This document was last modified on 28 February, 1999.

The AusWeb series of World Wide Web Research

Conferences.

Accessing Essential Evidence on the Web: Towards an Australian Recordkeeping Metadata Standard


Associate Professor Sue McKemmish, School of Information Management and Systems, Monash University, 26 Sir John Monash Drive, Caulfield East, Victoria 3145, Australia, Sue.McKemmish@sims.monash.edu.au

Glenda Acland, School of Information Management and Systems, Monash University, 26 Sir John Monash Drive, Caulfield East, Victoria 3145, Australia, glenda.acland@uq.net.au


Keywords

Australia; World Wide Web; metadata; metadata elements; information management; information discovery; information delivery; recordkeeping; archives; Dublin Core; Australian Government Locator Service (AGLS)


Abstract

In electronic networked environments, metadata communities are working together to develop coherent information architecture and metadata regimes to support information management, discovery and delivery. The main drivers thus far have related to improving information resource identification, discovery and delivery to support information sharing and knowledge transmission via electronic networks which are populated by ever increasing numbers and varieties of document-like information objects. More recent imperatives relate to supporting the transaction of business via distributed networks.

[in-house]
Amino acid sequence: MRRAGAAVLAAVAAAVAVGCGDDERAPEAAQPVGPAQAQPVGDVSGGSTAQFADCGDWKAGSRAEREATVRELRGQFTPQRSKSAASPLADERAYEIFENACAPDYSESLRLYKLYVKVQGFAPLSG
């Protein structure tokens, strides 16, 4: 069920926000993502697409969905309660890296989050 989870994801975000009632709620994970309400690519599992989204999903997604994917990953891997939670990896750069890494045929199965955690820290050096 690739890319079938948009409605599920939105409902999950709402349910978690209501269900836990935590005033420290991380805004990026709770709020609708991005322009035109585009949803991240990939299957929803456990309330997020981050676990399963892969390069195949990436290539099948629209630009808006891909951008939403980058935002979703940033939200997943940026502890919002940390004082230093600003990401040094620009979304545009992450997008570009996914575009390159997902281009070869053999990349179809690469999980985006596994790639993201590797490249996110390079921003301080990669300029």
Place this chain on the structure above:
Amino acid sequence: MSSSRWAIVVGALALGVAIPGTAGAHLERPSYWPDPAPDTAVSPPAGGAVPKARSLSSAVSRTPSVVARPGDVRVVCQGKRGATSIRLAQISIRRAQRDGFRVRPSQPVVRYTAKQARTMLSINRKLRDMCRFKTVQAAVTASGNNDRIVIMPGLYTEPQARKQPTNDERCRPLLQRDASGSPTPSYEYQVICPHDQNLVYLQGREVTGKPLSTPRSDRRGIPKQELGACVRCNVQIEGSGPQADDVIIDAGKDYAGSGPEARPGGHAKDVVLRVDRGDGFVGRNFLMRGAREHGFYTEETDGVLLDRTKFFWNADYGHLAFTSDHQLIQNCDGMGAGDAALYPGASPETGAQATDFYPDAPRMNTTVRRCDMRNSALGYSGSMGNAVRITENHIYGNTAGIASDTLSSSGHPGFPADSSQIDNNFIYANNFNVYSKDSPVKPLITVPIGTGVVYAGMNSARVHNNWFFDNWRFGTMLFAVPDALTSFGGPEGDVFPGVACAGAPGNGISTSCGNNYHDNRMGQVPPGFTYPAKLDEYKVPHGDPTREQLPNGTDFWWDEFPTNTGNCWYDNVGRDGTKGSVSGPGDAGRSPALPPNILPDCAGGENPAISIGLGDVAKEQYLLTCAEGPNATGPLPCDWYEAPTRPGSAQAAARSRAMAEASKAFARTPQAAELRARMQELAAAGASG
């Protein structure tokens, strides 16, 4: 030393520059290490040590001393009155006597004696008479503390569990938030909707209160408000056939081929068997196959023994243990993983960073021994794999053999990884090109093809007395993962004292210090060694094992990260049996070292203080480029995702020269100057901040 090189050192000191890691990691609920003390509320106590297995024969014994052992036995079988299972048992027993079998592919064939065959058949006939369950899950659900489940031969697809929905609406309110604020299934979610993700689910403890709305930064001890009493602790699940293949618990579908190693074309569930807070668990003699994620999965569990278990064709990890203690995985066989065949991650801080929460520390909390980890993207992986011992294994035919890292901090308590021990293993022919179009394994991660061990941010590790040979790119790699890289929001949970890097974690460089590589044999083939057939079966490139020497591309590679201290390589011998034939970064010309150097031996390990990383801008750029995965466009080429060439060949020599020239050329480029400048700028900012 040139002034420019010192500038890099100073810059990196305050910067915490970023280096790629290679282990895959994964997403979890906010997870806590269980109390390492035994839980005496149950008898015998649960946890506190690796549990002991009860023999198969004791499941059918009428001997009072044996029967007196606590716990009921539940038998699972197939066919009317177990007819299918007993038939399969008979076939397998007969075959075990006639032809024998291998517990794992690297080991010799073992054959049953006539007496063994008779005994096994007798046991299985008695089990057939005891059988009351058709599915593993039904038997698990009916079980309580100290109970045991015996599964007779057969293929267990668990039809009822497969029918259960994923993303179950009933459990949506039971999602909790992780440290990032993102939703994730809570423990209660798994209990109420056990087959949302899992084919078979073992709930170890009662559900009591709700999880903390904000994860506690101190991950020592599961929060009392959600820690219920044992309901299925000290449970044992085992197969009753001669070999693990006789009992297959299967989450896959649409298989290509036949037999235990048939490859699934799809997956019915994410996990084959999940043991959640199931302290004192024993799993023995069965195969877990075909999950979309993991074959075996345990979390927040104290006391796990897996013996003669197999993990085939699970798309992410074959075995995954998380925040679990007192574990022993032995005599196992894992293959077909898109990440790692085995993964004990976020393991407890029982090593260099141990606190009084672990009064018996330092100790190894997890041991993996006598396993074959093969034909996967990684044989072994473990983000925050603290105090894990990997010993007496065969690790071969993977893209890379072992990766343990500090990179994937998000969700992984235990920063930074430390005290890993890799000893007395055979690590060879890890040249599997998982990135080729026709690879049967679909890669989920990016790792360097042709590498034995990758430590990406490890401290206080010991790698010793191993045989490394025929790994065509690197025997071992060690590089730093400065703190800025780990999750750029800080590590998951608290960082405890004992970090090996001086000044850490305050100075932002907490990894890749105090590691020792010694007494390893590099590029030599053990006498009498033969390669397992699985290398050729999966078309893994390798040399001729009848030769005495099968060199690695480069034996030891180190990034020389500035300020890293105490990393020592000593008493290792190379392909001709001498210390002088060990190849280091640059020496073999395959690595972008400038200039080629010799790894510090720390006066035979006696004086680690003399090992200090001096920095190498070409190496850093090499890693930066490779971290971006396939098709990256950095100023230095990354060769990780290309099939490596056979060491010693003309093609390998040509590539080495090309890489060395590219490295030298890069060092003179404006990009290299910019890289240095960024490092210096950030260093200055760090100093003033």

A key component of the evolving metadata regimes is the use of standard metadata elements, embedded in, encapsulating or persistently linked to information objects. This paper will report on an Australian research project, which aims to develop a framework for standardising metadata in the records and archives community and defining a high level set of recordkeeping metadata within the broader context of the initiatives and imperatives referenced above. The project's main focus is on the definition and conceptual mapping of recordkeeping metadata. It has involved extensive research on records management and archival standards and existing metadata sets in the records and archives sector nationally and internationally, as well as reference to evolving generic metadata sets such as the Dublin Core, and related sector specific sets like the Australian Government Locator Service.


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